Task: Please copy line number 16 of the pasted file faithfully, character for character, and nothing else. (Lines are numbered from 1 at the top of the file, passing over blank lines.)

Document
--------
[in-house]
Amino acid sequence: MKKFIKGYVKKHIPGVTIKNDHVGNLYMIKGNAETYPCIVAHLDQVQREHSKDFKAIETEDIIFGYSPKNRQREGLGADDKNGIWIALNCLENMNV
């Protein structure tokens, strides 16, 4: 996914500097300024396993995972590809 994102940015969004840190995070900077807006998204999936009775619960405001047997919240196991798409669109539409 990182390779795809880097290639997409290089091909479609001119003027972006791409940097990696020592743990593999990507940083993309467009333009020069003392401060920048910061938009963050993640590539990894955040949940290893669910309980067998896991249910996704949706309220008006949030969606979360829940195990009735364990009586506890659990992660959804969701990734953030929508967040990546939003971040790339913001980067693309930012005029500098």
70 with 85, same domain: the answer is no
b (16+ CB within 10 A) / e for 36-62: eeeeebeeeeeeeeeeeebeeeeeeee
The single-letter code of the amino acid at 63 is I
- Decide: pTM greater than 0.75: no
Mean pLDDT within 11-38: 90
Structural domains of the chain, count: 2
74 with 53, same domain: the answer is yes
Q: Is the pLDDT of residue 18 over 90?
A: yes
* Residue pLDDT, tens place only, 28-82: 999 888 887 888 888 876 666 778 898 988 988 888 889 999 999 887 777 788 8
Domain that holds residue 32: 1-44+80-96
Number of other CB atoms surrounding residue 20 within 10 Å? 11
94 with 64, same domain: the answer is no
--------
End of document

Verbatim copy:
94 with 64, same domain: the answer is no